Dear Abby: My daughter is getting a divorce from a wonderful young man I've grown very close to. He's away in the service, and he and my daughter have grown apart.
He emails me and talks to me on Facebook quite often. I love him as a son, and I have been crying over this. I'm so upset that I'm having migraines. How do I detach from my son-in-law while still being there for my daughter?
-- Sad Mother-in-Law in Texas
Dear Sad M-I-L: Be honest with him. Tell him that while you love him like a son, the present situation with your daughter is causing you so much emotional conflict that it's making you physically ill. Explain that you will always be his friend, but that you must distance yourself emotionally somewhat until the divorce is final and he and your daughter have moved further on in their lives.
Seeking peace of mind
Dear Abby: I work in an educational setting where the emphasis is on accountability, responsibility and being a good role model. I made a terrible decision two years ago and received a DUI while out of town. I'm still ashamed of my choices that night.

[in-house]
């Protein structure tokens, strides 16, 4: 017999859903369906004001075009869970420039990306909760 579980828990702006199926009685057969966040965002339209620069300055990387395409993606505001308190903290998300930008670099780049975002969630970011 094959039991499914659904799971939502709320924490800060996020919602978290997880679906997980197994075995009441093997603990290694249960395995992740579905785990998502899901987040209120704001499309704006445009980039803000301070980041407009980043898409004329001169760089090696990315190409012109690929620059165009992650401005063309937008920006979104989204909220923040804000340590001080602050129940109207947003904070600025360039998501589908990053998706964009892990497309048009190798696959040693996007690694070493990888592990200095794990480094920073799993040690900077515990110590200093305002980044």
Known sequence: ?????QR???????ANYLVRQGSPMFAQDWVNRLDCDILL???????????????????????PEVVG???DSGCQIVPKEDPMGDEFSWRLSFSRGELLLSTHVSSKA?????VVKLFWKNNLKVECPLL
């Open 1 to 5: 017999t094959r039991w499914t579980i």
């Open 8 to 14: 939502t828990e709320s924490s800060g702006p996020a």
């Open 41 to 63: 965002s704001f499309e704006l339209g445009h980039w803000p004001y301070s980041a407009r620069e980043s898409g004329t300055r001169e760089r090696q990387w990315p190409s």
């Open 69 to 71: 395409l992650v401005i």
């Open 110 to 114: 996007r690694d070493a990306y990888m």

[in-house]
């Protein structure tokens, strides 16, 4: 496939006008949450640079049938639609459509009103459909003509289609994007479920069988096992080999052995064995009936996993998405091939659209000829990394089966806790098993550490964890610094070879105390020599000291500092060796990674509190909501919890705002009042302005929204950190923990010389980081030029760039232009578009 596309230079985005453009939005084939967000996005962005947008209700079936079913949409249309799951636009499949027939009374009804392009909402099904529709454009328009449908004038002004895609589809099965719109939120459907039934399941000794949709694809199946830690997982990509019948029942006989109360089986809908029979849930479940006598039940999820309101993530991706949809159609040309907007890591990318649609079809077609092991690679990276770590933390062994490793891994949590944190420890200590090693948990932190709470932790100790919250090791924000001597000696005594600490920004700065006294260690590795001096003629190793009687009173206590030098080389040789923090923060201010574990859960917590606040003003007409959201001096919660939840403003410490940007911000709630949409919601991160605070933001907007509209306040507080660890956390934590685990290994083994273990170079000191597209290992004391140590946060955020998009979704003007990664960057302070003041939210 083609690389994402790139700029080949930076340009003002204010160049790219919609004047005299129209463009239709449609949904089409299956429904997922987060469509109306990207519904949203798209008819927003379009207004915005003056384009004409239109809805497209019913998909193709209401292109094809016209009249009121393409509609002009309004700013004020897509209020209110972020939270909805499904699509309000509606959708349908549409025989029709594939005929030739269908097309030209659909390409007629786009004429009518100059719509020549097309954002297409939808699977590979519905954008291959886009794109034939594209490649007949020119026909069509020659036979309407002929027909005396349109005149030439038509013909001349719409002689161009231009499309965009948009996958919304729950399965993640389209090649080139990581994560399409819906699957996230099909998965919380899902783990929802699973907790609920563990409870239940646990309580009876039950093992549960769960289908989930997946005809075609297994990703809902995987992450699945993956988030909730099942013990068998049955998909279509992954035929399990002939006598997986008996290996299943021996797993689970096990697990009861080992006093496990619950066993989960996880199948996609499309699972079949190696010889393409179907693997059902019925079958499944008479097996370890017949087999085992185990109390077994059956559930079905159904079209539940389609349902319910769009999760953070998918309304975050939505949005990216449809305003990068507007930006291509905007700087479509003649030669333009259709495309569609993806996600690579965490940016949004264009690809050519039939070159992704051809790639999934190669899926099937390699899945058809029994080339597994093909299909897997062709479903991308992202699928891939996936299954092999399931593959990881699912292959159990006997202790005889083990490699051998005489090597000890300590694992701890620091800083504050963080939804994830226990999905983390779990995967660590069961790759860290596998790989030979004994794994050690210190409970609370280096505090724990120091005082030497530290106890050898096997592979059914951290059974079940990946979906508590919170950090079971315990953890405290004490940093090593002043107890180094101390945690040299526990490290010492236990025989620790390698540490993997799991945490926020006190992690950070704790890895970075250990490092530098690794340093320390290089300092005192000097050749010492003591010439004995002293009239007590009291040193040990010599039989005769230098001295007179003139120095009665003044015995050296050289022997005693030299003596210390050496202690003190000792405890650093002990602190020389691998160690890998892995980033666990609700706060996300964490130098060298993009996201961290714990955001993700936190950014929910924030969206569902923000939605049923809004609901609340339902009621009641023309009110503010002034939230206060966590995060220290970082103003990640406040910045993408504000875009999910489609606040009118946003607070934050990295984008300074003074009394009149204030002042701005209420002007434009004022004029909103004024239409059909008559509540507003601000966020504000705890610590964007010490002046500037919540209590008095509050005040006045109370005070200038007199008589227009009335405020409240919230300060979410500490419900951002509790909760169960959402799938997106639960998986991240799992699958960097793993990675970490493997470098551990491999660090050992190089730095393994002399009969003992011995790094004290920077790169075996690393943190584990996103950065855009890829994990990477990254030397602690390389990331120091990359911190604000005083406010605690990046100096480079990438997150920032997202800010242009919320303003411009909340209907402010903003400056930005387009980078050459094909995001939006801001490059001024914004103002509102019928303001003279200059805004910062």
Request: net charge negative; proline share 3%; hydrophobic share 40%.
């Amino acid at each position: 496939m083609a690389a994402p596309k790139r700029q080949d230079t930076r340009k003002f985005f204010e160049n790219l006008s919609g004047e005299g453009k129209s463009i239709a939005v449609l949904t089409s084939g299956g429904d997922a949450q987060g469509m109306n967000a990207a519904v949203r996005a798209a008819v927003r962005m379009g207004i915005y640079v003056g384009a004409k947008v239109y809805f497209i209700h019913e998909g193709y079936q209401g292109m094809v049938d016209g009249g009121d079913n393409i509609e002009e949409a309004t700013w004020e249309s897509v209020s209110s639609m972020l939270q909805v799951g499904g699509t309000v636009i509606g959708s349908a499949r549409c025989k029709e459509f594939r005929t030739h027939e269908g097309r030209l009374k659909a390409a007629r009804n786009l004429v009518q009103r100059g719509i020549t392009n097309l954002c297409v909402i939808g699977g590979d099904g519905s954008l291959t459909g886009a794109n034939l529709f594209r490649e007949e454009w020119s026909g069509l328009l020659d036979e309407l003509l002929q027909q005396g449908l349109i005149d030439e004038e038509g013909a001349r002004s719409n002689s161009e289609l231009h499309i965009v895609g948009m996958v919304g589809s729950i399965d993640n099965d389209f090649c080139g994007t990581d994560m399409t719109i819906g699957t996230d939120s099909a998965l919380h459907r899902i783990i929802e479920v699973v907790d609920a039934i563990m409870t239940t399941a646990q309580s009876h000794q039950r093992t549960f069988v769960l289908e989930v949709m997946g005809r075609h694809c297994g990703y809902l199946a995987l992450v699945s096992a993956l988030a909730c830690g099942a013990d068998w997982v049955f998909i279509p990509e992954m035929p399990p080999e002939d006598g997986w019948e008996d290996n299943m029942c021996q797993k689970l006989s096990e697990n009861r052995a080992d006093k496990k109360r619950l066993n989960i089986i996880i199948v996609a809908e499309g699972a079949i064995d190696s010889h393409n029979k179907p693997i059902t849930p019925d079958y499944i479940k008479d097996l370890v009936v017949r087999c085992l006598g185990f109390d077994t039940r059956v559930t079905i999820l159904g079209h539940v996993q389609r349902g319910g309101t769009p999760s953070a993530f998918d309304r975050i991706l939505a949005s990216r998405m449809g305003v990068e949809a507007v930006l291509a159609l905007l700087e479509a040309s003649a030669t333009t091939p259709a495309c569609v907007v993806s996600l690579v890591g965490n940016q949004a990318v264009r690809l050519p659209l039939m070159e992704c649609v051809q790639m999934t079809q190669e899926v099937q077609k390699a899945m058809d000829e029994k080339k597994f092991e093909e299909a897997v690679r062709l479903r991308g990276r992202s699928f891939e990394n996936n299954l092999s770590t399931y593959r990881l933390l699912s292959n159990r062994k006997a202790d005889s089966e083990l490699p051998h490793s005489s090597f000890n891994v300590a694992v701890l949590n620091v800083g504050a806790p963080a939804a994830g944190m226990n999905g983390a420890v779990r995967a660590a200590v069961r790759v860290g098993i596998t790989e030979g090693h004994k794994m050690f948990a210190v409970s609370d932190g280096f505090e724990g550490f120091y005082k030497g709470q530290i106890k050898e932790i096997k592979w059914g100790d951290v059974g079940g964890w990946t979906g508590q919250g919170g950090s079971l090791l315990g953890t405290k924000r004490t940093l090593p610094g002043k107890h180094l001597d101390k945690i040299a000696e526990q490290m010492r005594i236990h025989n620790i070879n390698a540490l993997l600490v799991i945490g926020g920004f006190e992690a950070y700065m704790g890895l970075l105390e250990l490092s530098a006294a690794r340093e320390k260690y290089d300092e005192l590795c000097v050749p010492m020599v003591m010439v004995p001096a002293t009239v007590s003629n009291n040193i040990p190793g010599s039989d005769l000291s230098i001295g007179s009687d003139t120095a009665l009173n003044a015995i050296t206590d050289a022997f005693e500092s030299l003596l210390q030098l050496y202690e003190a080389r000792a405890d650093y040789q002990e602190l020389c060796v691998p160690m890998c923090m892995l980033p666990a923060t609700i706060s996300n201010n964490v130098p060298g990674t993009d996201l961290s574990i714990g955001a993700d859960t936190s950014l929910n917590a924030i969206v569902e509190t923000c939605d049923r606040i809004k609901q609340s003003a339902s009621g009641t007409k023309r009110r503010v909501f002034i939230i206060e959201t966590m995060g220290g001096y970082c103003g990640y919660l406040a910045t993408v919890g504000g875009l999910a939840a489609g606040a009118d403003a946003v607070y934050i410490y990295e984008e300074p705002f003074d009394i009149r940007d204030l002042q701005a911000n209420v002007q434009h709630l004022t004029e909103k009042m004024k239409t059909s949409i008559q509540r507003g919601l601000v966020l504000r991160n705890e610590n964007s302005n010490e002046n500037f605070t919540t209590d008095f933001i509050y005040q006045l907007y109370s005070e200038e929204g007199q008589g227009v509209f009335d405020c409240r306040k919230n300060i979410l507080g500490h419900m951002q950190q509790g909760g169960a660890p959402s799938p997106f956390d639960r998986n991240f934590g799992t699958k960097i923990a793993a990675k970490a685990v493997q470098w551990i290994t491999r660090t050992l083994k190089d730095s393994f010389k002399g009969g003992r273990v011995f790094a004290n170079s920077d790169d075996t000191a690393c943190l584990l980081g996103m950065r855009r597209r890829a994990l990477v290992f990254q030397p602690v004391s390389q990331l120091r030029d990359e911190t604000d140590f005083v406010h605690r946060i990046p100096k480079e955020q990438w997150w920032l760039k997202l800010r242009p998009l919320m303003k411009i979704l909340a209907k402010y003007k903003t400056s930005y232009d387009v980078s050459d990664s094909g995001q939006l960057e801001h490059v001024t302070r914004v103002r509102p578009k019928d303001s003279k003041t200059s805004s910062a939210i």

I accepted all responsibility and completed the necessary requirements through the courts. However, since then I have dreaded someone at work finding out and losing the job I love. Do I talk to my HR department or confess to my supervisor? Or do I just keep it to myself and hope no one finds out?
-- Still Paying the Price in Michigan
Dear Still Paying: If you're involved in education, then you may be a member of a union. Instead of discussing this with HR, have a chat about it with your union representative. Because you have accepted responsibility for the incident and have completed the requirements of the court, I doubt that your job is in jeopardy, and your union rep may be able to give you some peace of mind.
If you have no union representation, keep it to yourself. I see nothing to be gained by blabbing about this to your co-workers.